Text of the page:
March 18: World Sleep Day
Sleeping disorders, such as insomnia, can be challenging. When you can’t sleep well at night, it can make the rest of the day difficult. This cycle can negatively affect your relationships, mental health, and physical health.
Good news: insomnia does not have to be a permanent problem. Sleeping well and improving your well-being is possible with cognitive behavioral therapy for insomnia (CBT-I). March 18th is World Sleep Day, so we want to recognize the role that therapy can play for individuals who suffer from insomnia.
What is Insomnia?
A person with insomnia has difficulty falling and/or staying asleep. Over time, it can lead to other problems, such as low energy, problems at work or school, and difficulties concentrating. Mental health problems may also worsen as a result.
Life stressors can cause insomnia. Stressors in life include things like your job, relationships, finances, and life transitions. These stressors make it difficult to get quality rest. Chronic sleep deprivation can lead to chronic pain, poor sleeping habits, hormone imbalances, and mental health disorders.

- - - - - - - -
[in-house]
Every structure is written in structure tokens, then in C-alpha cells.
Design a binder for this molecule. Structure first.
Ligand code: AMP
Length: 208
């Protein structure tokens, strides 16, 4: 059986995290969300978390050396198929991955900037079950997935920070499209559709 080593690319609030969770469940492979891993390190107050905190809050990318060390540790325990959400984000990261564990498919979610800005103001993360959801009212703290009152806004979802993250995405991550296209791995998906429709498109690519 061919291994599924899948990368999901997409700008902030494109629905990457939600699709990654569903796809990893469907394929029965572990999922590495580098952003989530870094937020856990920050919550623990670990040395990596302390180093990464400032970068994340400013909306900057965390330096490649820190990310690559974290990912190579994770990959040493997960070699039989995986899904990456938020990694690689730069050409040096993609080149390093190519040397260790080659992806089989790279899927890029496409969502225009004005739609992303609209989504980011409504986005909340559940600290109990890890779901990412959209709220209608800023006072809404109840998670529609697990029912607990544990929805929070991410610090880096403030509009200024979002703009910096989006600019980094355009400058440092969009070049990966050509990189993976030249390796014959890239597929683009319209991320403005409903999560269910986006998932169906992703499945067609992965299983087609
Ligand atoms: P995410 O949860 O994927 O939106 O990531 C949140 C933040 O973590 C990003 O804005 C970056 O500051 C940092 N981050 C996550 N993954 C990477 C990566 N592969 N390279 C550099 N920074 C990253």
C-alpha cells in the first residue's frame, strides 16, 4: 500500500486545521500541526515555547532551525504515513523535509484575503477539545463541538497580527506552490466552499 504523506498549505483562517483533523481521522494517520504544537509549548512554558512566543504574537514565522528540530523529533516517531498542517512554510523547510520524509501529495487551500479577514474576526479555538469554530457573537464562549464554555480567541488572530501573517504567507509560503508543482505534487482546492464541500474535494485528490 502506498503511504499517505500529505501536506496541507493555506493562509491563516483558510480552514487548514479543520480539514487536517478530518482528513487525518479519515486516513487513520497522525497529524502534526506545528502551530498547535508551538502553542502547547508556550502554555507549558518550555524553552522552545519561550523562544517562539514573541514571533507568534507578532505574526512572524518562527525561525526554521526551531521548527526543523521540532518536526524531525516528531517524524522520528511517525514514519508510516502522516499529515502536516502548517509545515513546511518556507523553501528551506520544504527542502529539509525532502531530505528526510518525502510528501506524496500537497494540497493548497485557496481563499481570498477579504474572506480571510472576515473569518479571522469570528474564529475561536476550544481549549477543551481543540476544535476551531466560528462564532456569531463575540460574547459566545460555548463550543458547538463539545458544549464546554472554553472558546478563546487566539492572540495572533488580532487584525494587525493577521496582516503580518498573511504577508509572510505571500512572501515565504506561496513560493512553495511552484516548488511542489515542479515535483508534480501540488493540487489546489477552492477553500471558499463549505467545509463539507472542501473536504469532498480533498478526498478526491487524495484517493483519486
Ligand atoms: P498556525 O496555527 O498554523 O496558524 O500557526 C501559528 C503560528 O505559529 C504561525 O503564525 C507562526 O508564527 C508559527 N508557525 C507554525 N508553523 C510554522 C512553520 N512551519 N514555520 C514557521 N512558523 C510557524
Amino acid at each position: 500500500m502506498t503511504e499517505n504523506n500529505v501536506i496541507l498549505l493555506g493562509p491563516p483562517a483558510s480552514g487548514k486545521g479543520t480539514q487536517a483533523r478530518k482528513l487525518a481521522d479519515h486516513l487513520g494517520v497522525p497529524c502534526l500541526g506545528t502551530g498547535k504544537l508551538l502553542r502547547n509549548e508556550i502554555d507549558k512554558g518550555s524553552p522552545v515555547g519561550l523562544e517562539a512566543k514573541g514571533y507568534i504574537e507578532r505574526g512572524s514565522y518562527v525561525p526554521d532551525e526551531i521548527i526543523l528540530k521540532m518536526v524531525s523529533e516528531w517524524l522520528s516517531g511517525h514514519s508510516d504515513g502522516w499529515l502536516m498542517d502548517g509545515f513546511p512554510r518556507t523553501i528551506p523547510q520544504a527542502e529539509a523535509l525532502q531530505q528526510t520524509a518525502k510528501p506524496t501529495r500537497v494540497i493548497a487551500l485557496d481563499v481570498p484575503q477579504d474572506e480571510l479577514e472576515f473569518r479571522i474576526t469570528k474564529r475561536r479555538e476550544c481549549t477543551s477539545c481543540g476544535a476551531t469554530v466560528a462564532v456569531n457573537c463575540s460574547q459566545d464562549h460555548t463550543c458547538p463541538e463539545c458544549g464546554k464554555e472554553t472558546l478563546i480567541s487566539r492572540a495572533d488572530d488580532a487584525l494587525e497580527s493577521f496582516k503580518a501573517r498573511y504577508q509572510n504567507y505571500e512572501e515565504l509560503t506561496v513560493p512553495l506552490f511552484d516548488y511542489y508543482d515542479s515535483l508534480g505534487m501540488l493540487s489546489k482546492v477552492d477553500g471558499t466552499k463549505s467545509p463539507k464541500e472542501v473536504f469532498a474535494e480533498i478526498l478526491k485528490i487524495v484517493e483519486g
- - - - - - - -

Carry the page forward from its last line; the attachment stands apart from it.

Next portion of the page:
Insomnia & Mental Health
Sleep disorders, for most people, are not isolated disorders. Most often, these disorders are associated with a mental illness or another medical condition. It is also associated with lifestyle choices and life stressors.
Sleep disturbances can also occur as a result of certain mental health disorders. Post-traumatic stress disorder (PTSD), for instance, is one disorder that can affect sleep patterns. Insomnia is also a common symptom of depression and anxiety.
What Is CBT-I?
With CBT-I, an experienced professional treats the underlying causes of insomnia without using sleeping pills.
The goal is to identify thoughts and/or behaviors that stop or impede sleep. In addition, CBT-I aims to promote habits that lead to restful sleep. CBT-I has also been shown to be effective in treating insomnia that occurs along with another mental health or medical condition.
During treatment, individuals will focus on cognitive, behavioral, and psychoeducational interventions. These include:
- Changing unhelpful thought patterns about sleep.
- Developing good sleep habits and relaxation techniques. For example, breathing exercises, meditation, and muscle relaxation.
- Connecting behaviors, thoughts, and feelings to sleep.
People who opt to treat their insomnia with CBT-I often experience diminished mental health symptoms or better management of mental health symptoms. In essence, therapy can help you to understand why you are finding it difficult to sleep and provide you with guidance to help you get a good night’s sleep.